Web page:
That is, for all of the noise divestment campaigns create, they do little to affect the supply-and-demand economics that would undercut the business of mining, drilling for and refining fossil fuels. Even in the case of coal, the stocks of those companies are down not because of divestment, but because shale mining and cheap natural gas have reduced demand for coal.
But that does not mean divestment campaigns have no consequences. What they do best is good old-fashioned public shaming.
The Oxford researchers found that the negative publicity can create reputational headaches.
“It becomes much harder for stigmatized businesses to recruit good people, to influence policy and, occasionally, to raise capital,” Mr. Caldecott said.
Divestment campaigns also give activists a focused — and easy to understand — object for their outrage.
“The goal is not to bankrupt the fossil fuel industry. We can’t do that with divestment alone,” said Bill McKibben, whose group, 350.org, is a leader in the divestment movement. “But we can help politically bankrupt them. We can impair their ability to dominate our political life.”
Critics argue that damaging the reputations of coal and oil companies does nothing to reduce reliance on those fossil fuels.
“I’m very supportive of aggressive climate policies,” said Robert Stavins, director of the Environmental Economics Program at the Harvard Kennedy School of Government. “But the message from the divestment movement is fundamentally misguided.”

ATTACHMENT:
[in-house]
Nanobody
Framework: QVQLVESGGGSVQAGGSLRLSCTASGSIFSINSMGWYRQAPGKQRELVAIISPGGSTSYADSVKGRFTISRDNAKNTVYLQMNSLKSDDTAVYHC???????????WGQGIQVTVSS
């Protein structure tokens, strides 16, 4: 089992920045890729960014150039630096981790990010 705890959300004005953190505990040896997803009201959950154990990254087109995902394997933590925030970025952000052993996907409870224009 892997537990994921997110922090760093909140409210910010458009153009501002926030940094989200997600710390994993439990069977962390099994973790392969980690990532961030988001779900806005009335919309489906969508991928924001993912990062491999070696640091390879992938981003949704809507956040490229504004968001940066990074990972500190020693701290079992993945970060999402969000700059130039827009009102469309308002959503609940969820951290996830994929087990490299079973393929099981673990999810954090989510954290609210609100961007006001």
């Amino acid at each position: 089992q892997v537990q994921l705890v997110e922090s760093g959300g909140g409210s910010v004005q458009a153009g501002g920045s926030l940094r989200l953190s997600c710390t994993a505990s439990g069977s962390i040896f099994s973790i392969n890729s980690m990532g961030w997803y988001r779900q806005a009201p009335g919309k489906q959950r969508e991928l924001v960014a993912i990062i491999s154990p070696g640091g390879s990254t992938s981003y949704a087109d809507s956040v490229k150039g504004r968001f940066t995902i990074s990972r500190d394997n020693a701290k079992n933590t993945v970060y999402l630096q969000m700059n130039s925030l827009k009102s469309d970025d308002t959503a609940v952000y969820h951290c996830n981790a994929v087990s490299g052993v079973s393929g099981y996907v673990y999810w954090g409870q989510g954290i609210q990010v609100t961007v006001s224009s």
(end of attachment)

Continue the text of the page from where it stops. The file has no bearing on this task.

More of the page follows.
He contends that the problem is not investment in energy companies; it is an economy that remains dependent on fossil fuel production and consumption. While clean energy production is growing, Western economies would grind to a halt tomorrow without fossil fuels. And the divestment movement has focused on Western companies, while India and China have continued to mine and burn huge amounts of coal. Norway, now a leader in the movement, amassed its gargantuan sovereign fund by drilling for oil and gas in the North Sea.
“Divestment comes at the expense of meaningful action,” said Frank Wolak, director of the Program on Energy and Sustainable Development at Stanford. “It will do nothing to reduce global greenhouse emissions. It will not prevent these companies from raising capital.”
A more effective use of activists’ energy, Mr. Wolak and Mr. Stavins said, would be to work on putting a price on carbon emissions through a carbon tax or a cap-and-trade system.
“What we need to do is focus on actions that will make a real difference,” Mr. Stavins said, “as opposed to actions that may feel or look good, but have very little real world impact.”
For divestment campaigners, moving markets is not really the point, despite their focus on stockholdings. Instead, they are more than happy to provoke companies like Exxon Mobil and Peabody Energy.
“If it polarizes the debate, it does so in a helpful way,” Mr. McKibben said. “Left to their own devices, a sense of concern is inadequate to move the fossil fuel industry to action.”